Ned: My wife Pam has been with me
for the whole journey. When I met her in
1979, I was training for the Ironman in
Hawaii, so she’s used to the stuff that
comes along with racing. She keeps me
grounded. The support staff and my fellow
teammates have also been a huge help.
In the very early days the racers had to be
their own mechanics, but as the sport grew
and there were more sponsors, we had
team managers, soigneurs and mechanics.
As racing got more competitive and more
international, good support became critical
for getting results.
Having support staff and teammates to
travel with made the whole race experience
a lot more rewarding. I’ve had some great
teammates—too many to mention—but
Ned Overend Steve Tilford, Todd Wells and Daryl Price were some great ones.
MBA: What was the most difficult race
you ever did?
Ned: It’s hard to say, because pain
fades over time. And if you win, it doesn’t
seem as difficult as when you suffer and
I did the Garda Marathon in Italy several
times. One year we started in the pouring
rain and climbed 3000 feet. At the top
it was slush and snow, and I wasn’t prepared. It was a long day, and riding while
you’re freezing is never good.
MBA: What advice can you give to an
aspiring rider or racer who wants to go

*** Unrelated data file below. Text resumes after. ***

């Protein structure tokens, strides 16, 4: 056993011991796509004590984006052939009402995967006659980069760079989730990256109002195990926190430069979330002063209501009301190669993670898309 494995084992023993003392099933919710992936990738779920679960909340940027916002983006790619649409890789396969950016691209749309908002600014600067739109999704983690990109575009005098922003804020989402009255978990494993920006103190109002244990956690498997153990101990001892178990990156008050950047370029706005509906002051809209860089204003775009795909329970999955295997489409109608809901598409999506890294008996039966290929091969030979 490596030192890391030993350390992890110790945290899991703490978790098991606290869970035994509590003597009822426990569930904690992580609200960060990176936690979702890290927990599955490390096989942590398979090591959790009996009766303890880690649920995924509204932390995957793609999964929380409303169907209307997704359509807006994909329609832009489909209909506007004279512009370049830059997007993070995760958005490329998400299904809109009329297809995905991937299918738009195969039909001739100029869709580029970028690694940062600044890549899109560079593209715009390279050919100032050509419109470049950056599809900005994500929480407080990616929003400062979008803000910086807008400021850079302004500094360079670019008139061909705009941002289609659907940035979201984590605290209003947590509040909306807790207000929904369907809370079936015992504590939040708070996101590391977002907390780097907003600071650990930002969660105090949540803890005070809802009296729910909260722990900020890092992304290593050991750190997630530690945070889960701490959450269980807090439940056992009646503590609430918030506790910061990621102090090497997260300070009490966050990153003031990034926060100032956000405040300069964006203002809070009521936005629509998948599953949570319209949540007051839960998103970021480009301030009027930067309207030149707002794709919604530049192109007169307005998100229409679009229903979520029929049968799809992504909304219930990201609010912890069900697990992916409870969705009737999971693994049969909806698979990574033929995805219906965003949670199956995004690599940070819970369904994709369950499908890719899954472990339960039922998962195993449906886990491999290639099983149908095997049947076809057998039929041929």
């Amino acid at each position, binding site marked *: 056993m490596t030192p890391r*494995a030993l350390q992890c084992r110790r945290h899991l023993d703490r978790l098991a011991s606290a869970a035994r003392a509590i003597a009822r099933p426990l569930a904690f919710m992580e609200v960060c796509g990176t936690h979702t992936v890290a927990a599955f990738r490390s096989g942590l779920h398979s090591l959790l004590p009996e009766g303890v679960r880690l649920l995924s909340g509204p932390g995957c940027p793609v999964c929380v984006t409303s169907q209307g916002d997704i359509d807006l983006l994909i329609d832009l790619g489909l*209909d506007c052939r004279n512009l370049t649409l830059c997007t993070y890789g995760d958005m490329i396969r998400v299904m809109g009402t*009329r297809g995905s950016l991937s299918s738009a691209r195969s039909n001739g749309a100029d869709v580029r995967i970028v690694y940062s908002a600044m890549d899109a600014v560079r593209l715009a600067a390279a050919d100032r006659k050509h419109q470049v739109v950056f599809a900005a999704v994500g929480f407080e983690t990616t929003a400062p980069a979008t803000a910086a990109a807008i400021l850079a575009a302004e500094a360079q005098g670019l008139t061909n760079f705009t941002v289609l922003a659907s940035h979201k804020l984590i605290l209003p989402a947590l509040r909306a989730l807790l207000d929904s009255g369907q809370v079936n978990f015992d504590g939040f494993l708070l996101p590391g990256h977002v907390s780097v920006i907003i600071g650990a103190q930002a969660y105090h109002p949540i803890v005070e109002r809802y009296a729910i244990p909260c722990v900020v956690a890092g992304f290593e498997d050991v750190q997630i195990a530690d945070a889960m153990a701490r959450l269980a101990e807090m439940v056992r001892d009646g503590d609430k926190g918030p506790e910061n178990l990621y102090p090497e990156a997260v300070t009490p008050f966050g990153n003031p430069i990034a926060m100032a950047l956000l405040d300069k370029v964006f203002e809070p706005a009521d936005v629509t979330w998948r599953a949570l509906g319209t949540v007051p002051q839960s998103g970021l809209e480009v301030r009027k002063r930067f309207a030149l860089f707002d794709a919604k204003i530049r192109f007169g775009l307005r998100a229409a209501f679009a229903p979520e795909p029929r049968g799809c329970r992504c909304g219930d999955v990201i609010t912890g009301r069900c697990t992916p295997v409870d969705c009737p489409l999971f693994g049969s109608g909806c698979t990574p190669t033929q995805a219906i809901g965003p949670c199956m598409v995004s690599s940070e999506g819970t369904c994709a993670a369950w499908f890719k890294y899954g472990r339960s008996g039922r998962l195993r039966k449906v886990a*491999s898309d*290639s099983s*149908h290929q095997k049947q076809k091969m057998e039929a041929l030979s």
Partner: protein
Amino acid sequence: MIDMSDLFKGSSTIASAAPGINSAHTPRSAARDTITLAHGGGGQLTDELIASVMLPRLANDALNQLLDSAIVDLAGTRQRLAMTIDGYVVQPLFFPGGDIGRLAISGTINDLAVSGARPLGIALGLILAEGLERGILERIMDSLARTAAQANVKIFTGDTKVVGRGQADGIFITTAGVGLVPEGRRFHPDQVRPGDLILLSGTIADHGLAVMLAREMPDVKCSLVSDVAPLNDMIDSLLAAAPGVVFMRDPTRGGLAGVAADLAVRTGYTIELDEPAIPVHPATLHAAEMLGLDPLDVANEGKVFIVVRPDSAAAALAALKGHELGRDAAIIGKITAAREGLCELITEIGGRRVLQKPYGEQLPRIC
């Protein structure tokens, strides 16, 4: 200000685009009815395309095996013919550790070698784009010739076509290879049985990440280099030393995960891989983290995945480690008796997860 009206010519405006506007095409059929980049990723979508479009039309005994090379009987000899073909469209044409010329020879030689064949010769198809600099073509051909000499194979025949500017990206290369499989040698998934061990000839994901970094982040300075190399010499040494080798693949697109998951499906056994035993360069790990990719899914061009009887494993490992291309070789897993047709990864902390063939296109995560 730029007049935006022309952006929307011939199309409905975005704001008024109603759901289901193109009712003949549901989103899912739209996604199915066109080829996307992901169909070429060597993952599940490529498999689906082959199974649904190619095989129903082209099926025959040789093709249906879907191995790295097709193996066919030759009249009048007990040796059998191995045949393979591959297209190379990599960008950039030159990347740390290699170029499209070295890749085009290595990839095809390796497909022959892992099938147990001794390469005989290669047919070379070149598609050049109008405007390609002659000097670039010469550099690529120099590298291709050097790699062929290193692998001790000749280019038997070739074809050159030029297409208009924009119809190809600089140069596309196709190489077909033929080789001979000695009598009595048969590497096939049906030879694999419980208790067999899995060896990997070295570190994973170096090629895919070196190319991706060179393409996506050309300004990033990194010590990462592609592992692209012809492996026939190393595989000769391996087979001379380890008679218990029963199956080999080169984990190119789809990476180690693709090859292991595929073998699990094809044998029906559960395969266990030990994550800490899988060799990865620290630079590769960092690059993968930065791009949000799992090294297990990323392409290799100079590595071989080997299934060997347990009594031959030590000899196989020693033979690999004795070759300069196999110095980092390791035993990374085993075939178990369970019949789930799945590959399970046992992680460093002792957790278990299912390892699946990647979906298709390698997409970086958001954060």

Ned: It’s very hard to make a living
racing mountain bikes, so I wouldn’t advise
sacrificing an education to go racing. I
encourage every rider who has a passion
for racing to see how far he or she can
go. The best way to go about it is through
high school or collegiate programs. The
beauty of NICA (high school) and collegiate
programs is that they offer coaching and
the chance to learn from your teammates.
Many of the successful pros moved up
through the collegiate and high school systems. Todd Wells, Jeremy Horgan-Kobelski,
Keegan Swenson, Howard Grotts, Kate
Courtney and Chris Blevins are all examples of that.
MBA: What can you tell us about your
Specialized bikes over the years?
Ned: The bike I won the 1990 Worlds on
is lost. It was in a museum in Switzerland
for a while, and after that we lost track of
it. I’m hoping it’s going to show up in a
bike shop in Europe somewhere. ❏
The Epic carbon Ned raced at the 1995 Pan Championships at Squaw Valley hangs at Mountain Bike Specialists in Durango, Colorado.
(Left photo) The 1998 FSR XC (left) and prototype Epic from 2000 (right) show a bit of Specialized’s XC design heritage.
1991 Stumpjumper M2: Racing at
Big Bear Nationals with the number
one plate—notice the early prototype
RockShox suspension fork.
1988 steel Stumpjumper: This was
Ned’s first year on Specialized at a
national race in Durango (with a Scott
USA poster in the background).